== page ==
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Accueil > Séminaires > Archive des séminaires d’Utinam > Archive des séminaires de physique (jusqu’en 2011) > 2007

Electric Field Induced Changes in Carbon Nanotubes

par Edith Burgey -

Zhao Wang

doctorant à l’Institut UTINAM équipe DSC

Jeudi 15 novembre 2007

Résumé : Carbon Nanotubes (CNTs) can be used as key elements in nanoelectromechanical systems (NEMS) such as nanorelays, nanoswitches, nanotweezers and feedback device which are designed for memory, sensing or actuation uses. Their electric field induced deformation is a key character for these promising applications, as well as for their fabrication, separation and electromanipulation.

We have computed the deformations of semiconducting and metallic CNTs induced by uniform electrostatic fields, by minimizing total potential energy calculated using a monopole-dipole-interaction model combined with an empirical many-body potential (AIREBO). The effects of field strength, field direction tube geometries and defects on the electrostatic deformation are investigated for both single- and double-walled CNTs. For metallic CNTs, they are much easier to be deflected than semiconducting ones. The deflection is not changed by reversing the field direction. The curve of alignment ratio versus field strength is found to change with field directions. The deflection is found to decrease with the increase of the tube radius ; conversely, it increases when the tube is longer. The multi-walled metallic CNTs are found to be much harder to be bent in electric fields than SWCNTs. Furthermore, we find that the electrostrictive deformation of SWCNTs is proportional to the square of field strength.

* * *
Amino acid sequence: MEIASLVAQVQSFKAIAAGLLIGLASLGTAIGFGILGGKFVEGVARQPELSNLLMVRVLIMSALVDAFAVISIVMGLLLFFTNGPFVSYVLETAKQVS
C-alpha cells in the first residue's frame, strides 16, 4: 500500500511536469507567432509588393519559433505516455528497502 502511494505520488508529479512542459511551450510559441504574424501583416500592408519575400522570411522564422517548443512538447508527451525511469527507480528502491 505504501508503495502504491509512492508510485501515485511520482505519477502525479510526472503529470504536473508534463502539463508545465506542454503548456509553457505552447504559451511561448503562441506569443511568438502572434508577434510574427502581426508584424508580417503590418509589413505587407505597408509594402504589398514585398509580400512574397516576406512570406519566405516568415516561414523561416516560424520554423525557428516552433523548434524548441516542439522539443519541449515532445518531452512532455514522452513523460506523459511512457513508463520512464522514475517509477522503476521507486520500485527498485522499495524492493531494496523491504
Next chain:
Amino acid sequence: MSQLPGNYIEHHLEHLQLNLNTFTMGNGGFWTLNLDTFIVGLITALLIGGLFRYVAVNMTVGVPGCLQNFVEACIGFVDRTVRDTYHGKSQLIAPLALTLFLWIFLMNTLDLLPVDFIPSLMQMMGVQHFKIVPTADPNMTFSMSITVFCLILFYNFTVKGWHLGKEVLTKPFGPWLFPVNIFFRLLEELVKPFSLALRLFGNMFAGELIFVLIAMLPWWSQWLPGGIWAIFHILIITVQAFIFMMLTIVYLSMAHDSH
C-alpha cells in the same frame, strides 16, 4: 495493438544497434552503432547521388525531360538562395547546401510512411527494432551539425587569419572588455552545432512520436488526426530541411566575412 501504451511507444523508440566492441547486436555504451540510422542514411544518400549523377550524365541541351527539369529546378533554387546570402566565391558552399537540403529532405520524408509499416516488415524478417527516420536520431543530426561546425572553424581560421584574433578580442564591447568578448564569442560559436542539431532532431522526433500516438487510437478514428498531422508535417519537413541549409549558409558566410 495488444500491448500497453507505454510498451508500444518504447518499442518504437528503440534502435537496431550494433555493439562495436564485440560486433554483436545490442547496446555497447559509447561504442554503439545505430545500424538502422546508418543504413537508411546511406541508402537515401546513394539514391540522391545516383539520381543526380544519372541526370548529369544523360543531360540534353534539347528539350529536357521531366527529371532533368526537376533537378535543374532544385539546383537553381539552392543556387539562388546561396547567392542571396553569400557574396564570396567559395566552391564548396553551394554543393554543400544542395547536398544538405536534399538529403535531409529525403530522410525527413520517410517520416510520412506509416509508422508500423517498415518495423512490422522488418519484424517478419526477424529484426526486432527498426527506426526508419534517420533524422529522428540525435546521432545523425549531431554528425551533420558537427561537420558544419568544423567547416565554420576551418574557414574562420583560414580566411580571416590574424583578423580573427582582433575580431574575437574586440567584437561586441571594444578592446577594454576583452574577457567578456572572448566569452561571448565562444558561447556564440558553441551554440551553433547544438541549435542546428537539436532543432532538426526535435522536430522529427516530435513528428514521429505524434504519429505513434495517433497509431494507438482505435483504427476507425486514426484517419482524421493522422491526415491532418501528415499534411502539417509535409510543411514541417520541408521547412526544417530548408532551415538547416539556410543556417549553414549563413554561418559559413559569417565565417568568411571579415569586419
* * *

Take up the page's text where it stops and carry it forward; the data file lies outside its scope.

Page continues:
Currently, we are investigating the distribution of the charge and the induced dipole in CNTs submitted to electrostatic fields. The results of our calculation show that the charge density at the edge of the open-ended tube is higher than that of the closed tube with net charges. The same effects can be found for the distribution of induced dipoles.

These studies could apply to recently designed devices based on cantilevered carbon nanotubes. Moreover, we wish that they could help to design some new nanoelectromechanical devices.